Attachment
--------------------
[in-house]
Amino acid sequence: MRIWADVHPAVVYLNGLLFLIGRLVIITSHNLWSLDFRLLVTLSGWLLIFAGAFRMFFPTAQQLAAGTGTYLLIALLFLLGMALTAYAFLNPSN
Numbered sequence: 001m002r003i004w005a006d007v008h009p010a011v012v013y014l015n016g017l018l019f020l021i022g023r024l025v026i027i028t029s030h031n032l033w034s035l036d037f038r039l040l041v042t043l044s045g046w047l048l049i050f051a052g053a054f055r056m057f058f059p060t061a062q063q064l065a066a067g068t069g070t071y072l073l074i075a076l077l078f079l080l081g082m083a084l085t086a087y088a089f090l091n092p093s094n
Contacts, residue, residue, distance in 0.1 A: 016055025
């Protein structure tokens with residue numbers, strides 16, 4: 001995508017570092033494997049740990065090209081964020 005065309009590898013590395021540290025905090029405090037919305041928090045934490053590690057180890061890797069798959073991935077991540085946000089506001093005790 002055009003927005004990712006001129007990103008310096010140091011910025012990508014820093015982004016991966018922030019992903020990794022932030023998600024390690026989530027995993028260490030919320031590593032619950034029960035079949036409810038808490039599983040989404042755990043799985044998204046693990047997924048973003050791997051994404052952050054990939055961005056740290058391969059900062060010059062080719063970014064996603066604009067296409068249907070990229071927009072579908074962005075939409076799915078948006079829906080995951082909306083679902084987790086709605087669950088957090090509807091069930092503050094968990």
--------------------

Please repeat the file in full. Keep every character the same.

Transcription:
[in-house]
Amino acid sequence: MRIWADVHPAVVYLNGLLFLIGRLVIITSHNLWSLDFRLLVTLSGWLLIFAGAFRMFFPTAQQLAAGTGTYLLIALLFLLGMALTAYAFLNPSN
Numbered sequence: 001m002r003i004w005a006d007v008h009p010a011v012v013y014l015n016g017l018l019f020l021i022g023r024l025v026i027i028t029s030h031n032l033w034s035l036d037f038r039l040l041v042t043l044s045g046w047l048l049i050f051a052g053a054f055r056m057f058f059p060t061a062q063q064l065a066a067g068t069g070t071y072l073l074i075a076l077l078f079l080l081g082m083a084l085t086a087y088a089f090l091n092p093s094n
Contacts, residue, residue, distance in 0.1 A: 016055025
């Protein structure tokens with residue numbers, strides 16, 4: 001995508017570092033494997049740990065090209081964020 005065309009590898013590395021540290025905090029405090037919305041928090045934490053590690057180890061890797069798959073991935077991540085946000089506001093005790 002055009003927005004990712006001129007990103008310096010140091011910025012990508014820093015982004016991966018922030019992903020990794022932030023998600024390690026989530027995993028260490030919320031590593032619950034029960035079949036409810038808490039599983040989404042755990043799985044998204046693990047997924048973003050791997051994404052952050054990939055961005056740290058391969059900062060010059062080719063970014064996603066604009067296409068249907070990229071927009072579908074962005075939409076799915078948006079829906080995951082909306083679902084987790086709605087669950088957090090509807091069930092503050094968990």